Q. What is the difference between "natural" and "artificial" additives?
A. Some additives are manufactured from natural sources such as soybeans and corn, which provide lecithin to maintain product consistency, or beets, which provide beet powder used as food coloring. Other useful additives are not found in nature and must be man-made. Artificial additives can be produced more economically, with greater purity and more consistent quality than some of their natural counterparts. Whether an additive is natural or artificial has no bearing on its safety.
Q. Is a natural additive safer because it is chemical-free?
A. No. All foods, whether picked from your garden or your supermarket shelf, are made up of chemicals. For example, the vitamin C or ascorbic acid found in an orange is identical to that produced in a laboratory. Indeed, all things in the world consist of the chemical building blocks of carbon, hydrogen, nitrogen, oxygen and other elements.These elements are combined in various ways to produce starches, proteins, fats, water and vitamins found in foods.
Q. Are sulfites safe?
A. Sulfites added to baked goods, condiments, snack foods and other products are safe for most people. A small segment of the population, however, has been found to develop hives, nausea, diarrhea, shortness of breath or even fatal shock after consuming sulfites. For that reason, in 1986 FDA banned the use of sulfites on fresh fruits and vegetables intended to be sold or served raw to consumers. Sulfites added as a preservative in all other packaged and processed foods must be listed on the product label.
Q. Does FD&C Yellow No.5 cause allergic reactions?
A. FD&C Yellow No.5, or tartrazine, is used to color beverages, desert powders, candy ice cream, custards and other foods. The color additive may cause hives in fewer than one out of 10,000 people. By law, whenever the color isadded to foods or taken internally, it must be listed on the label. This allows the small portion of people who may be sensitive to FD&C Yellow No.5 to avoid it.
Q. Does the low calorie sweetener aspartame carry adverse reactions?
A. There is no scientific evidence that aspartame causes adverse reactions in people. All consumer complaints related to the sweetener have been investigated as thoroughly as possible by federal authorities for more than five years, in part under FDA's Adverse Reaction Monitoring System. In addition, scientific studies conducted during aspartame's pre-approval phase failed to show that it causes any adverse reactions in adults or children. Individuals who have concerns about possible adverse reactions to aspartame or other substances should contact their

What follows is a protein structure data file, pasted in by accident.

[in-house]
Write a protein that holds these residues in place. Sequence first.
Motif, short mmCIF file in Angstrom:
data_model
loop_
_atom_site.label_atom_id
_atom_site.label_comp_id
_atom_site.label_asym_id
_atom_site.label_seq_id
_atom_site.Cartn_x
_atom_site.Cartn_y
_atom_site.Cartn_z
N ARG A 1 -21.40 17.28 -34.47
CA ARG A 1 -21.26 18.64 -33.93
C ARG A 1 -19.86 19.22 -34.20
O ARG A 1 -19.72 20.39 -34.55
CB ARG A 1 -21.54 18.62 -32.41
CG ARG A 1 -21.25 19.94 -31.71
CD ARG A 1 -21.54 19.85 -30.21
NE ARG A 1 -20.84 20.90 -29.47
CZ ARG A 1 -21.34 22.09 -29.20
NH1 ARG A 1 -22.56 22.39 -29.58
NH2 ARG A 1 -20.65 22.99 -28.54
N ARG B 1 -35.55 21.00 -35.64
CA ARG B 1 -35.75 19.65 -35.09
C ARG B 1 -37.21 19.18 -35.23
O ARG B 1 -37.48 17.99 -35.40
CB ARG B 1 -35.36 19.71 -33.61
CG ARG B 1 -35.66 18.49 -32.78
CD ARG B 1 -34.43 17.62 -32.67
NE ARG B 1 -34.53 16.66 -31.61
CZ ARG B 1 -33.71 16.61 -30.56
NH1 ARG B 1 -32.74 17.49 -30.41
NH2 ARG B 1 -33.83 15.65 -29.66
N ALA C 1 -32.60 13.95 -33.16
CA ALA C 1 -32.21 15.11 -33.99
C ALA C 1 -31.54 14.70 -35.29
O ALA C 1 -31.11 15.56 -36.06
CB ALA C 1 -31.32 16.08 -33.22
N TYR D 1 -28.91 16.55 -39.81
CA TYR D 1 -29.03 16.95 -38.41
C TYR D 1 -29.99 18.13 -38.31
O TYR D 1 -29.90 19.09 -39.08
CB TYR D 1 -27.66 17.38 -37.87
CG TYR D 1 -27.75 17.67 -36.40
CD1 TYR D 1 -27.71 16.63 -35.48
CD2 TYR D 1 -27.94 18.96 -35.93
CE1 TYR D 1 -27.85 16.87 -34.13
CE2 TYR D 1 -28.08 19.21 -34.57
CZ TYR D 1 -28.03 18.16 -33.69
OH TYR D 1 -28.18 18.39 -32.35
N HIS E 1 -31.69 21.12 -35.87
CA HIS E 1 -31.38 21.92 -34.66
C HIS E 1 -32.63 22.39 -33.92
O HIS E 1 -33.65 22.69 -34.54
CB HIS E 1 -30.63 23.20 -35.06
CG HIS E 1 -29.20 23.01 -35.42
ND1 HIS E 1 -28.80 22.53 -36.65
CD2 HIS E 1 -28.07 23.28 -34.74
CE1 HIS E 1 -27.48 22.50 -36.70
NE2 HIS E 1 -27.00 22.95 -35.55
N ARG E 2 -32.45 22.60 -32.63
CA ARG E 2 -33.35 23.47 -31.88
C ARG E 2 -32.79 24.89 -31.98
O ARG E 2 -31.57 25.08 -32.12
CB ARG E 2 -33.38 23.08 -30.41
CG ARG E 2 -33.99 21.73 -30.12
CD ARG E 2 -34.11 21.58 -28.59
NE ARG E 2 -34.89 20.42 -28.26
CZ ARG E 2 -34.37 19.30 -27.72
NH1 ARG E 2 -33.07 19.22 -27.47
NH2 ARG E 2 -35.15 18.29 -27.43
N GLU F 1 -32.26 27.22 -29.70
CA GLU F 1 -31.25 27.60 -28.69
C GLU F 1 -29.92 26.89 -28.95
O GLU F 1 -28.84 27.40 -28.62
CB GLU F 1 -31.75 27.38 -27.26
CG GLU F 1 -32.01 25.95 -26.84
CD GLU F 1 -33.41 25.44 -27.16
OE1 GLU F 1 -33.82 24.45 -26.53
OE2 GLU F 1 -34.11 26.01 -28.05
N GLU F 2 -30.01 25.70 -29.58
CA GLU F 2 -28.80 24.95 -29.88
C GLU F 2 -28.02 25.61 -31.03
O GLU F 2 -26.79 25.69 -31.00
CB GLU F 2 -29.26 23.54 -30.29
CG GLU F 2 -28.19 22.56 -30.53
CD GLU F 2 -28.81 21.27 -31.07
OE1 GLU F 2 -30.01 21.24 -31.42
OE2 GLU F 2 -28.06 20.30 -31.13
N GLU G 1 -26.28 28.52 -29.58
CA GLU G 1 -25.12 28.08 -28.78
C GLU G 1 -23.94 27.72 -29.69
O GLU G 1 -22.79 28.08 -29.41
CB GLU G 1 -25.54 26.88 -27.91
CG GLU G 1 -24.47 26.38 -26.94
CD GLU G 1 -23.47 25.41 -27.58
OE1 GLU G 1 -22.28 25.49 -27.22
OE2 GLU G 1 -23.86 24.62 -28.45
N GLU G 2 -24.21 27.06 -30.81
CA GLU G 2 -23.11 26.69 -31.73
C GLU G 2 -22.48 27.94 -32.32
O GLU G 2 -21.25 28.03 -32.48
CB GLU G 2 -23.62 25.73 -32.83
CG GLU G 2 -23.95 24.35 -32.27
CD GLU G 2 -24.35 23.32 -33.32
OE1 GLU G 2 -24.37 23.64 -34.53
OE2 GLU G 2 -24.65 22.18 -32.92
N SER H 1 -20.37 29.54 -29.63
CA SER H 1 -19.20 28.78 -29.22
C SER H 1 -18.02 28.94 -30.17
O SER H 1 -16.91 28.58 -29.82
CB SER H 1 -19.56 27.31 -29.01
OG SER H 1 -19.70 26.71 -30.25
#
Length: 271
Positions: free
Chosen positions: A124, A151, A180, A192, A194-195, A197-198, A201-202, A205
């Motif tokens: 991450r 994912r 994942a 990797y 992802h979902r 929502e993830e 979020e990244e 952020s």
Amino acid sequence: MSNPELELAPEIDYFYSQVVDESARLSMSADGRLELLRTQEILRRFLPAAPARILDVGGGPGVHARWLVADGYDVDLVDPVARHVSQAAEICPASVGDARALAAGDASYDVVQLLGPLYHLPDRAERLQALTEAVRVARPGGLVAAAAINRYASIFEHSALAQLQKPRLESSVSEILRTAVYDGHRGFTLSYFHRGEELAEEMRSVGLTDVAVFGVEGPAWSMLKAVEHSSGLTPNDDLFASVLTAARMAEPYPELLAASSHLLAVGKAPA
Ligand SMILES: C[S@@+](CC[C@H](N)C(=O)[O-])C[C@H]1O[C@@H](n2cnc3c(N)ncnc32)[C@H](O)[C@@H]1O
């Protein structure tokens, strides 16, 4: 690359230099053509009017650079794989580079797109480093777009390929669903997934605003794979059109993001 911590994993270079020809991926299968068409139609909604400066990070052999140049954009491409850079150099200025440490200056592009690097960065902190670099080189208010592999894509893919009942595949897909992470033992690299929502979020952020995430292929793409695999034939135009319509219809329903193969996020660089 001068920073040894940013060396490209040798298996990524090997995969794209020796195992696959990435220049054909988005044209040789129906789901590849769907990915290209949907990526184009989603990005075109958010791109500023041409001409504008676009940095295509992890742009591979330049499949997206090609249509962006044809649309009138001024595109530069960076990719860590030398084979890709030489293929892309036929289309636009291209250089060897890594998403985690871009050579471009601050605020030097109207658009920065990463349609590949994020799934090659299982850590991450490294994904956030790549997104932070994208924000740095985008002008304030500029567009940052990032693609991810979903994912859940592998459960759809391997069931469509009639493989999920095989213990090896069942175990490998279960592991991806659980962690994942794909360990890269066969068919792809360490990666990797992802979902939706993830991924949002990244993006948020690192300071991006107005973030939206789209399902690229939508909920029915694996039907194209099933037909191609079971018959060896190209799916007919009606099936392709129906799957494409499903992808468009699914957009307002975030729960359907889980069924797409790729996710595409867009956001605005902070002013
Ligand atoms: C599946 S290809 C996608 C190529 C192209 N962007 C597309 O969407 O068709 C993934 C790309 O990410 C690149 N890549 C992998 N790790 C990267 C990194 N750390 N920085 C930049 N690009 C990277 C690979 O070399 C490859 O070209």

Q. Do additives cause childhood hyperactivity?
A. No. Although this theory was popularized in the 1970's, well-controlled studies conducted since that time have produced no evidence that food additives cause hyperactivity or learning disabilities in children. A Consensus Development Panel of the National Institutes of Health concluded in 1982 that there was no scientific evidence to support the claim that additives or colorings cause hyperactivity.
Q. Why are decisions sometimes changed about the safety of food ingredients?
A. Since absolute safety of any substance can never be proven, decisions about the safety of food ingredients are made on the best scientific evidence available. Scientific knowledge is constantly evolving. Therefore, federal officials
often review earlier decisions to assure that the safety assessment of a food substance remains up to date. Any change made in previous clearances should be recognized as an assurance that the latest and best scientific knowledge is being applied to enhance the safety of the food supply.
Q. What are some other food additives that may be used in the future?
A. Among other petitions, FDA is carefully evaluating requests to use ingredients that would replace either sugar or fat in food. In 1990, FDA confirmed the GRAS status of Simplesse, (registered trademark) a fat replacement made
from milk or egg white protein, for use in frozen desserts. The agency also is evaluating a food additive petition for olestra, which would partially replace the fat in oils and shortenings.
Q. What is the role of modern technology in producing food additives?
A. Many new techniques are being researched that will allow the production of additives in ways not previously possible. One approach, known as biotechnology, uses simple organisms to produce additives that are the same food components found in nature. In 1990, FDA approved the first bioengineered enzyme, rennin, which traditionally has been extracted from calves' stomachs for use in making cheese.